Tuesday 30 July 2013

A Million+ reasons to mistrust the BBC's education reporting?

Here's a little something I posted as a comment nearly three years ago at Biased BBC.

Craig says:
Catching up on this week’s editions of Newsnight. On Monday night (the day of Lord Browne’s report on tuition fees), Michael Crick reported on the strains in the coalition. He badgered a Lib Dem MP (Stephen Williams) over the issue, then featured as ‘talking heads’ Pam Tatlow ofMillion Plus, which he described as “one university think tank”, and a Labour MP called Adrian Bailey. Pam Tatlow was very critical, and also attacked bankers and the City. 
What Crick failed to tell his audience is that Pam Tatlow is also a Labour Party member who tried to become the Labour candidate for the safe Labour seat of Ashfield (beaten by Gloria de Piero).
Yet again a BBC ‘talking head’ who is presented as an independent voice who turns out to be no such thing.

Moving on from October 2010 to July 2013 and guest what? Yep, they're still at it. 

Here's Alan at Biased BBC today:
Today the BBC brings us the Million+ think tank, ‘a think tank that also represents newer universities‘ which is telling us that ‘England’s teacher training system ‘broken down’
The system of planning teacher training in England has broken down and risks a future shortage of teachers, a university think tank says.
In her evidence to the committee, Pam Tatlow, chief executive of Million+ – a think tank that also represents newer universities – said School Direct, , which is focused around on-the-job, school-based training, had been introduced “without any robust assessment of its impact on teacher supply”.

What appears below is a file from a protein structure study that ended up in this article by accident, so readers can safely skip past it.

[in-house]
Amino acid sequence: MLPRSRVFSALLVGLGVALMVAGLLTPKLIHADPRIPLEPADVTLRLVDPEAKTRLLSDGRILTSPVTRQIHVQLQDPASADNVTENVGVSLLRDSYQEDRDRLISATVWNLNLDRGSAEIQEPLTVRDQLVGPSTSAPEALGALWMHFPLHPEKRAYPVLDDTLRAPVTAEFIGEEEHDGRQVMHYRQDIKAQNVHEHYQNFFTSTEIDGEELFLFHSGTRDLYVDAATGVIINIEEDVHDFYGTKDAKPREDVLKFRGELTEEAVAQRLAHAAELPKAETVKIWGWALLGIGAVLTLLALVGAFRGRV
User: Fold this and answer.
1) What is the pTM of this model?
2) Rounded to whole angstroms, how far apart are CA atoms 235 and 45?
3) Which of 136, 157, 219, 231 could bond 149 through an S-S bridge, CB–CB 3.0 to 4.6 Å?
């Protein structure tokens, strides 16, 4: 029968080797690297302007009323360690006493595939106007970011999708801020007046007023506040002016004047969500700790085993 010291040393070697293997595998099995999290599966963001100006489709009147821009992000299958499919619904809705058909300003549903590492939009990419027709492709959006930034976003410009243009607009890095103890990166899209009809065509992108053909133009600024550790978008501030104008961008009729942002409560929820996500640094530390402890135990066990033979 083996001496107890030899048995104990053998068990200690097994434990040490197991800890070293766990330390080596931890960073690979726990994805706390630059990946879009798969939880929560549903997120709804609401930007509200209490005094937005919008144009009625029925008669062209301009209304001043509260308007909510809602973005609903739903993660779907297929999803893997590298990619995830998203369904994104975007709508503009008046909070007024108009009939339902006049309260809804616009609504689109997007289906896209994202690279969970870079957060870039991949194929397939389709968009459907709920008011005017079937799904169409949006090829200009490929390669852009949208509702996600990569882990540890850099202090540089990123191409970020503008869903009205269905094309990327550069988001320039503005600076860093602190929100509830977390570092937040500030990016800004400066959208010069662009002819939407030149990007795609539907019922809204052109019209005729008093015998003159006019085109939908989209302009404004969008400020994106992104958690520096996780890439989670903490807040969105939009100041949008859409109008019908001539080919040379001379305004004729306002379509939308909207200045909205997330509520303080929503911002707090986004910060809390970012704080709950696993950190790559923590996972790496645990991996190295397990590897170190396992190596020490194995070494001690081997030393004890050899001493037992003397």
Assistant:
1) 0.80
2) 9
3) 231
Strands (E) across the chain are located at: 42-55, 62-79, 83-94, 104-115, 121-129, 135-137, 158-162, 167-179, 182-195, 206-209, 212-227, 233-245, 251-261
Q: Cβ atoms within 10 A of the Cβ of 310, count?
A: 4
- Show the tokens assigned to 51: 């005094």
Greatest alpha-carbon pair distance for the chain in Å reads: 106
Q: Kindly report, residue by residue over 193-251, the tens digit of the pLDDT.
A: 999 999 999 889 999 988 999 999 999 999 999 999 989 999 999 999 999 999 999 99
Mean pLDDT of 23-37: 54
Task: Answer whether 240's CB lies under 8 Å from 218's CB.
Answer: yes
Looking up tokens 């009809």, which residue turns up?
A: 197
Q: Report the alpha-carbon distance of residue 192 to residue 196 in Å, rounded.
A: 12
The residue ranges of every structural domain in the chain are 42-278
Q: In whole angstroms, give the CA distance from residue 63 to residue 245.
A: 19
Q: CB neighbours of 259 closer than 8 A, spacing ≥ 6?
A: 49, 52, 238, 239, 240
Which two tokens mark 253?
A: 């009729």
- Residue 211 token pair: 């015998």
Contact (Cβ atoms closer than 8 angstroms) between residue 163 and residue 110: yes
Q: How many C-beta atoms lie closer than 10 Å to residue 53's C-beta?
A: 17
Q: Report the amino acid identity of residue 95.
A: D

Pam Tatlow?   Ever heard that name before?  You might have…she was in the news not so long ago….as a short listed Labour party candidate.
You’d have thought that might just be a bit relevant when you have a person strongly criticising government policy and yet is Labour through and through.
Apparently the BBC doesn’t think that to be the case.

The journalist behind that BBC report is education correspondent Hannah Richardson - the one who prompted this comment from me (here at Is...?) just three weeks ago:
I wondered what the BBC's online education reporter Hannah Richardson would make of it, as she's long seemed to me to be particularly close to those who oppose Mr Gove's educational policies and is always the BBC education reporter most likely to post a biased piece on any subject.
As a further flavour of Hannah's reporting, perhaps a couple more comments from me at Biased BBC from 2010 might be of use:

Craig says:
The main education story on the BBC’s website is another attack on the Tory ‘free schools’ policy:
Free schools ‘could widen social divide’

The article by Hannah Richardson is almost entirely given over to the criticisms of the “leading academic” Dr Susanne Wiborg of the Institute of Education. Described as “an expert in comparative education”, she is quoted at great length. (20 paragraphs are given over to her attack, with just 4 paragraphs putting the government’s side.)

What Hannah Richardson neglects to point out is that left-wing Dr Wiborg is a outright advocate of comprehensive education:

Toby Young in the Telegraph has a different take on the same story:

Craig says:
This same reporter’s previous article College cuts ‘to hit class sizes’ follows a similar pattern, being based on criticism of government policy by a teaching union (the UCU), whose leader Sally Hunt’s views are quoted at much greater length that the government’s.
Before that there was University ‘denied to thousands’, where Hannah Richardson again based an article on criticisms by Sally Hunt of the UCU.
Then there’s this tear-jerker about devastated children, a councillor close to sobbing, bemused teachers (etc), let down by Michael Gove: Pupils ‘devastated’ by school rebuild let down
Before that there was Nobel winners’ protest halts science funding change, which turns out to be just another story based on a campaign by Sally Hunt and the UCU.
Then there was Schools buildings scheme scrapped, where Michael Gove is given plenty of space, but is followed by an endless stream of critics, including a ‘selection of your comments’ – ALL critical.
All these stories come from this month alone.

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